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Editorial

Seeking answers in Fullerton

A homeless man's death after a police encounter demanded Fullerton officials' full attention.

August 05, 2011

The public is angrily questioning how the act of subduing a homeless man, who was something of a fixture in Fullerton, could have required six police officers and enough force that the man died. It's a good question; it's also a commendable turn of events when a community rises up on behalf of one of its least powerful members. But as much as the public is entitled to answers, there's such a thing as a police chief being too quick to make assertions before the facts are known, as Los Angeles Police Chief Charlie Beck did in the case of the man who was first arrested in the beating death of Brian Stow at a Dodgers game. At this point in the Fullerton case, there aren't even autopsy results.

Still, it's been nearly a month since Kelly Thomas, 37, died after the incident at a Fullerton bus station, and even the City Council has not been able to get any details from Police Chief Michael Sellers. One council member has called for Sellers' resignation, a premature move. The delay is unusual, but Sellers is obligated to conduct a thorough investigation.

Police came across Thomas, who had a history of schizophrenia, when they responded to a call about a man breaking into cars in the parking lot next to the bus depot. The officers allegedly beat Thomas until he was comatose, and he died five days later. An attorney for the officers said Thomas was combative. There are various videos, but the key one, a surveillance tape that is purported to show most of what took place, has not been shown to the council or the public.

For The Record
Los Angeles Times Tuesday, August 09, 2011 Home Edition Main News Part A Page 12 Editorial Desk 1 inches; 28 words Type of Material: Correction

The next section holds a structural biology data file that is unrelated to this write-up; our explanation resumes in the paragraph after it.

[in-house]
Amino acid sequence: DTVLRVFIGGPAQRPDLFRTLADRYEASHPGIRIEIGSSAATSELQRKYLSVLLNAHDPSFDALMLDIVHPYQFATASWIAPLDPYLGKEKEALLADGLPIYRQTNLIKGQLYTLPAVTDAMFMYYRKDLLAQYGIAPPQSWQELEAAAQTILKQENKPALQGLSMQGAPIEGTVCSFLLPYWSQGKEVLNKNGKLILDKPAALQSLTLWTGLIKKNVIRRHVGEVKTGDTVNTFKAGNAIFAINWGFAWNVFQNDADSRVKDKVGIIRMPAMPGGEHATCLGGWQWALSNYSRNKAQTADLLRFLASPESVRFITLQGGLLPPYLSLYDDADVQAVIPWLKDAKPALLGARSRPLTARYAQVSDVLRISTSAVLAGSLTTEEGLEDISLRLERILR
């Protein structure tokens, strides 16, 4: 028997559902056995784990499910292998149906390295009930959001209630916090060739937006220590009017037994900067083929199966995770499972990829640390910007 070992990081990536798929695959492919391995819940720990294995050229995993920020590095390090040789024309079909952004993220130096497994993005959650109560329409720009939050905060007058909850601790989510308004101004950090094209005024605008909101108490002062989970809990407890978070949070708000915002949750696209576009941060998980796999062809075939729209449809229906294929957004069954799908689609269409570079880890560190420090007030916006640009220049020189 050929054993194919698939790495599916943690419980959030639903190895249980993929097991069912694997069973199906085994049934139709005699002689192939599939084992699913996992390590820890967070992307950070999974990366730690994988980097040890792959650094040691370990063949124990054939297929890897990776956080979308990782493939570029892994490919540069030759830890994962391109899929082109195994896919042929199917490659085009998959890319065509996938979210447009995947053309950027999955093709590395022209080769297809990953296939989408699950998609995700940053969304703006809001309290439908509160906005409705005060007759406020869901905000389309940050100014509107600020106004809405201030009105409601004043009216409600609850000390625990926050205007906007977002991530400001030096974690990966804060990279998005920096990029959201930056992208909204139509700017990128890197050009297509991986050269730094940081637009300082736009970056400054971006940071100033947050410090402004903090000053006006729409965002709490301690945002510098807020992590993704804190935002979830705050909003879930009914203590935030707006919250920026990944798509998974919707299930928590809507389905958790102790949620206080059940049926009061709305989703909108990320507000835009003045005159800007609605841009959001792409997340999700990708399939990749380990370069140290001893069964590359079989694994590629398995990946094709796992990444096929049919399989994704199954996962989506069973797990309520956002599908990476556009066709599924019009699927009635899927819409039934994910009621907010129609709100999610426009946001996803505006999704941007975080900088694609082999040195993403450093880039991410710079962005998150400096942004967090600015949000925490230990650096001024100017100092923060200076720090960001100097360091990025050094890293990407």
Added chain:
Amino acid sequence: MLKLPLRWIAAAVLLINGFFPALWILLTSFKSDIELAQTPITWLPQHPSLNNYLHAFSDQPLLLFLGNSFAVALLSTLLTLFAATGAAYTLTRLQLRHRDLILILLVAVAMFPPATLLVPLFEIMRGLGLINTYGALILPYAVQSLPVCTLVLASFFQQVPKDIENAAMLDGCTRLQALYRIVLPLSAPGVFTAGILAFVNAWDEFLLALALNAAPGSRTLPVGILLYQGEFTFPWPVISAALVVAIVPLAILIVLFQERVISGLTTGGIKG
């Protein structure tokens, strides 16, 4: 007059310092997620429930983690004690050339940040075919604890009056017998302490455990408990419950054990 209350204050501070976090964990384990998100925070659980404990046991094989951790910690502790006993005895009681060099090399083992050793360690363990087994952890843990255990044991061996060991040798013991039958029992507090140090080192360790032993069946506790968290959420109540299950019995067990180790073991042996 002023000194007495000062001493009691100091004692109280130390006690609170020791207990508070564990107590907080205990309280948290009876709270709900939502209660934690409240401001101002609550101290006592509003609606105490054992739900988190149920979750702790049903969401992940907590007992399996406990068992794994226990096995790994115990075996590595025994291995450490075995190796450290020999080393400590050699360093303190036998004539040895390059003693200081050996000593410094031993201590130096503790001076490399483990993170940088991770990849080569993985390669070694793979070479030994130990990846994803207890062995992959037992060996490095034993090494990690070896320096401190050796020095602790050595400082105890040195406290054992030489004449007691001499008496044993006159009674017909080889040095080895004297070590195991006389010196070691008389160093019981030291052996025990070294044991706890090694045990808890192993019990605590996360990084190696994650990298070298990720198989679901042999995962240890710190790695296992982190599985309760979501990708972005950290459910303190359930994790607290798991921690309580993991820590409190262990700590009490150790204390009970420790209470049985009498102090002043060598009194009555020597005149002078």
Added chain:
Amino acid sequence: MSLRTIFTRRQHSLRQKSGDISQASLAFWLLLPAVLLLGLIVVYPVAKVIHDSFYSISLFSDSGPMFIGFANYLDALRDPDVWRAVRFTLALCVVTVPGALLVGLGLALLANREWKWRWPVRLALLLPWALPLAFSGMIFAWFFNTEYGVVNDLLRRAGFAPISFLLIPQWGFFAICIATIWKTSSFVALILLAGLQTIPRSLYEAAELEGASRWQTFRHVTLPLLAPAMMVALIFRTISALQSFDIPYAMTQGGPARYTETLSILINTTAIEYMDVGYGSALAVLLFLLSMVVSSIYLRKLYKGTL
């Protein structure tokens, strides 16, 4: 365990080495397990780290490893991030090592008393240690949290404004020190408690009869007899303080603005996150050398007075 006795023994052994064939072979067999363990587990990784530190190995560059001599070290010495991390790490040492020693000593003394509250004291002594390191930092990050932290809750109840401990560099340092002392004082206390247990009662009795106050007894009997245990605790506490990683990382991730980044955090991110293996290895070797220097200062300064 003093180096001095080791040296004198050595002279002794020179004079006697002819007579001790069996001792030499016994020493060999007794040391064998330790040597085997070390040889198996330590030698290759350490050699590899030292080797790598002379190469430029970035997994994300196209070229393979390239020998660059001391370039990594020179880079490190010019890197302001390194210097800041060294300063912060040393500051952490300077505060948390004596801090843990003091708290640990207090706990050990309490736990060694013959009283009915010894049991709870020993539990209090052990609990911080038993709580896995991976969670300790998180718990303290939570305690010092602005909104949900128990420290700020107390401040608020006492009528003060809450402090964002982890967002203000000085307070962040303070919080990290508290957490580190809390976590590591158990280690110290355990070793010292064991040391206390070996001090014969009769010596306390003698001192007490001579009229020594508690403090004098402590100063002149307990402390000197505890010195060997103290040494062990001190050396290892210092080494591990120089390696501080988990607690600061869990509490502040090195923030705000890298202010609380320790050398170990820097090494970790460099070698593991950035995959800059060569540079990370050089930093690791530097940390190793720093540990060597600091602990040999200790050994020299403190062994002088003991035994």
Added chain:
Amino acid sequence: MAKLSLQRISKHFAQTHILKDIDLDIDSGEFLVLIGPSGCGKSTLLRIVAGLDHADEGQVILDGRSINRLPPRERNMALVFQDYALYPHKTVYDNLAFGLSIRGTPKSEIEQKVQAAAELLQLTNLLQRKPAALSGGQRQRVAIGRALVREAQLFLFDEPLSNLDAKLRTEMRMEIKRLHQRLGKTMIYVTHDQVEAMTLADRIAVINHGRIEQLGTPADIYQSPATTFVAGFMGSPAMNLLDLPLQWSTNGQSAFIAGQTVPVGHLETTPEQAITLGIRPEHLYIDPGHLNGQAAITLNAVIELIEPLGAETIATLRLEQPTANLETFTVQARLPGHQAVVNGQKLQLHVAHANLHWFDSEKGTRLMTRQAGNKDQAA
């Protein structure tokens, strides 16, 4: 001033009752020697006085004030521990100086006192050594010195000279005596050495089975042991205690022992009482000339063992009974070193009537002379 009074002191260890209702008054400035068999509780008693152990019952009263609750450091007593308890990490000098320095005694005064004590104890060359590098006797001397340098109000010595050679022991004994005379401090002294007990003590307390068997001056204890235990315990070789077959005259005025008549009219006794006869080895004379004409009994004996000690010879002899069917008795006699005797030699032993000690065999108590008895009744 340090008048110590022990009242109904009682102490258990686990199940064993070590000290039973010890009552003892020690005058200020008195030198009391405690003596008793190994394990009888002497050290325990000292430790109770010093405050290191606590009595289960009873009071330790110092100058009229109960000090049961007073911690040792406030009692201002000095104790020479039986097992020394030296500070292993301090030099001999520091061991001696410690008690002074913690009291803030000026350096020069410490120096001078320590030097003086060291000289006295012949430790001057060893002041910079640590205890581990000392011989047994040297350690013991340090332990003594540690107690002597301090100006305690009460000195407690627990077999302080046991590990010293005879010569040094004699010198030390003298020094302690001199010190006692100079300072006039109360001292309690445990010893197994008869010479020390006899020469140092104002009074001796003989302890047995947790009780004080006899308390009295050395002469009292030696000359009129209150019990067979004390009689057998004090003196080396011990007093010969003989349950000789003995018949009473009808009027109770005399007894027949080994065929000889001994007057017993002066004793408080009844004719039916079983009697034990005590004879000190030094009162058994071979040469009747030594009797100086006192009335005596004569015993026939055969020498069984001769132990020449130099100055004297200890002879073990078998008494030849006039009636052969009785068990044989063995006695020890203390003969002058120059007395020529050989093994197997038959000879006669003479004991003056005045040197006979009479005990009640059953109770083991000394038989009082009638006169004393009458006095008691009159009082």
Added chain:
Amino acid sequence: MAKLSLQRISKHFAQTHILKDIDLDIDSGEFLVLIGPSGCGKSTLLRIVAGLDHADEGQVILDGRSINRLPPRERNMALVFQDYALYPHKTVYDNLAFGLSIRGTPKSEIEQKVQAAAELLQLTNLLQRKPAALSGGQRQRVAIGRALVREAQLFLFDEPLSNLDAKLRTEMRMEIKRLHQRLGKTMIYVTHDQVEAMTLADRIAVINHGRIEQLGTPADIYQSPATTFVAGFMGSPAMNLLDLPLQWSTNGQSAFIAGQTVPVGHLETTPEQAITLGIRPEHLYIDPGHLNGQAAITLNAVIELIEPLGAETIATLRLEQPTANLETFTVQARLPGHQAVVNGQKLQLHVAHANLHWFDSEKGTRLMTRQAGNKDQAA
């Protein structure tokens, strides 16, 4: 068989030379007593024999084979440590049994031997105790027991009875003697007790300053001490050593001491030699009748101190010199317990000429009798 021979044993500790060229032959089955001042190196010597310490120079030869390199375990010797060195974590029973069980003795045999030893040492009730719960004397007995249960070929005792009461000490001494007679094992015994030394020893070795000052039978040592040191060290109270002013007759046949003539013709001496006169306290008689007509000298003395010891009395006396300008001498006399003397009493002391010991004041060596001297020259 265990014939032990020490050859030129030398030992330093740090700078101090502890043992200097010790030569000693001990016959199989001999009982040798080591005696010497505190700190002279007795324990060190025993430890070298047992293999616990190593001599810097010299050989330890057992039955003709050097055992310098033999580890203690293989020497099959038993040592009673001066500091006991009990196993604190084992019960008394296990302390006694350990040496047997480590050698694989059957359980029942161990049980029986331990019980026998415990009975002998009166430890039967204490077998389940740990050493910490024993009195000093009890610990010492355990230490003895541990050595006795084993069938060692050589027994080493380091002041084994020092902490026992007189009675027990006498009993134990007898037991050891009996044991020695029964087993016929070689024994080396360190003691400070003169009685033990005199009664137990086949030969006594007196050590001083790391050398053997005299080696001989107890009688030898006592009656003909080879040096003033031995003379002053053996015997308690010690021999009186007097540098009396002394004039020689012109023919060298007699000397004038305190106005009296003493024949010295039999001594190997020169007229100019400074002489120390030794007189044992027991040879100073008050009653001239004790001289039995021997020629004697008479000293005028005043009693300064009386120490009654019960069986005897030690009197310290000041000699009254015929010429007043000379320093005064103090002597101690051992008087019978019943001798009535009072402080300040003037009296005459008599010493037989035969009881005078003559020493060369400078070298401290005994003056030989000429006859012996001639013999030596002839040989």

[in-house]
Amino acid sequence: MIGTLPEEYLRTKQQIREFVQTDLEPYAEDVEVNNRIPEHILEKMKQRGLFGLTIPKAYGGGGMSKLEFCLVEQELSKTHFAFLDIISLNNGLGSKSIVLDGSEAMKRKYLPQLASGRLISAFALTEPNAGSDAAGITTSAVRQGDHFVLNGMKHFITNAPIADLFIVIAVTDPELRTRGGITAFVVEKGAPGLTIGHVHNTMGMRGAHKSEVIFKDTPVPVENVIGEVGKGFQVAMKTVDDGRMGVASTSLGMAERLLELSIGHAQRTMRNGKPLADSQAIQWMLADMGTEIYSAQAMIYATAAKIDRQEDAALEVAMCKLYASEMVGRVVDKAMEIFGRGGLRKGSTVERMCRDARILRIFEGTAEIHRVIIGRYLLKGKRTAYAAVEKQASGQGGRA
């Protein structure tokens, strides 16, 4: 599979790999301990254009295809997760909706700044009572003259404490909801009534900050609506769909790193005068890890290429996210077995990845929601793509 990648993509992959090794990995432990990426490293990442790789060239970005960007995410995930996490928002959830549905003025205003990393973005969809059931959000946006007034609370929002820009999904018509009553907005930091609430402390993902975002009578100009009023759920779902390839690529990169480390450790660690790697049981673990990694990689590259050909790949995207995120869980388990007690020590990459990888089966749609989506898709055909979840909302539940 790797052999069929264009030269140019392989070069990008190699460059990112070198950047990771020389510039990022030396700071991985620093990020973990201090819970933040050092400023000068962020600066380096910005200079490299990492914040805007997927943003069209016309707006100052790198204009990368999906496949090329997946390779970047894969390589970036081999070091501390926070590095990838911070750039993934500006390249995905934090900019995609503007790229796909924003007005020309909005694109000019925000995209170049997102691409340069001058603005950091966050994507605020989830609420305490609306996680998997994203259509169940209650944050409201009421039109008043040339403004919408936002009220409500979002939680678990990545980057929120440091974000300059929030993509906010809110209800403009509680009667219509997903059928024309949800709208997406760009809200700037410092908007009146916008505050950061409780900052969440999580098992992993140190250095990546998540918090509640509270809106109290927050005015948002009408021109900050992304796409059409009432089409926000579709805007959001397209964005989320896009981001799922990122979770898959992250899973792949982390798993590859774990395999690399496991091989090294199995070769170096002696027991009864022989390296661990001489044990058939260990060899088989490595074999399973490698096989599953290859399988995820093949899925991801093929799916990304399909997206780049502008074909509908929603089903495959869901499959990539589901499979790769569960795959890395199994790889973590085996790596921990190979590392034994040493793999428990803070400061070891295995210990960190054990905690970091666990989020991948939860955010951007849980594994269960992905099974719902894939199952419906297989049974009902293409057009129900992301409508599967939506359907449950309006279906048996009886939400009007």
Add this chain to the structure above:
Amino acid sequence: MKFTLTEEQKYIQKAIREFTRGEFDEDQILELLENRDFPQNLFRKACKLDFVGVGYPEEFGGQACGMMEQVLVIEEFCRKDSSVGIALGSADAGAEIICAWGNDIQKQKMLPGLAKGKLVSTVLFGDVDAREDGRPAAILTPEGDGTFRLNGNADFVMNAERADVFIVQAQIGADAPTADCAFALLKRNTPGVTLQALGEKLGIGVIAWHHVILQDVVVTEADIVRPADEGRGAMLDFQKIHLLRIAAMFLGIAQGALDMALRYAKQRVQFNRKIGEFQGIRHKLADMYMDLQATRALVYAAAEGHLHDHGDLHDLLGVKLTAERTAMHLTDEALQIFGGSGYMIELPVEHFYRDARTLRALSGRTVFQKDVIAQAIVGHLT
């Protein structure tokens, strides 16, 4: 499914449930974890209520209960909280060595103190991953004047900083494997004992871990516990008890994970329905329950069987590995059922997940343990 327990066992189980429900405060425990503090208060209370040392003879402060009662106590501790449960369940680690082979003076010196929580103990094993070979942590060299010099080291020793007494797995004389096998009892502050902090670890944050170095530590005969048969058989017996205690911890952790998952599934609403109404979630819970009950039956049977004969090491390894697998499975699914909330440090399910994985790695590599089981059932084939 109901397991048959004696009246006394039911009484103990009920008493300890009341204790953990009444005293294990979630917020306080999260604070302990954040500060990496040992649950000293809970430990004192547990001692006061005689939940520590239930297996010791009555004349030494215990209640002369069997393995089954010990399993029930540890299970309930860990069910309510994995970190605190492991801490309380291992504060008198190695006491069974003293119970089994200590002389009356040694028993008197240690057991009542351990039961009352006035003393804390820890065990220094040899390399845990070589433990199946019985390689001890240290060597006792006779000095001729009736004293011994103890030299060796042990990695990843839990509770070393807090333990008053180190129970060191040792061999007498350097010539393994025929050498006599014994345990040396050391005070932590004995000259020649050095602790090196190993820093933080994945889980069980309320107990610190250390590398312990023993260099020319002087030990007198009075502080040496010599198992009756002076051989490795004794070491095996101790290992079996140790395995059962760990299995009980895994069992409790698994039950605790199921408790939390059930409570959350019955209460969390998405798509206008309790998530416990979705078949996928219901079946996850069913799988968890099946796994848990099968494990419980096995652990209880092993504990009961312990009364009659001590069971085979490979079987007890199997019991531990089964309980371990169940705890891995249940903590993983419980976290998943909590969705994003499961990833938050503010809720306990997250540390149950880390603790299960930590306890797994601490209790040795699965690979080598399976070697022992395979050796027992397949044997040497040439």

Bryan Stow: An Aug. 5 editorial mentioned "the beating death of Brian Stow at a Dodgers game." Stow survived the beating, and his first name is spelled Bryan.

It might be too soon to release the tape -- it's being reviewed by the Orange County district attorney's office, which is conducting its own probe. Sellers has not necessarily failed by refusing to provide each fact as it becomes known. Rather, his failure has been one of civic leadership. Fullerton residents and the general public are alarmed, grieved, outraged and looking for justice. Sellers and the City Council owed them a strong and public commitment from the start to ferret out the truth and provide information as soon as was reasonably possible. Instead, the Police Department issued only a terse statement that it was investigating the matter -- and even that came only after intense public pressure.

As a result, many of the people who are concerned about Thomas' death have lost confidence in Sellers and the ability of his department to reach an unbiased conclusion. Fortunately, the FBI also is looking into the matter. The public might not have the answers it wants right now, but it can be reasonably assured that answers will be forthcoming from at least one agency that doesn't have a vested interest in the tragedy.

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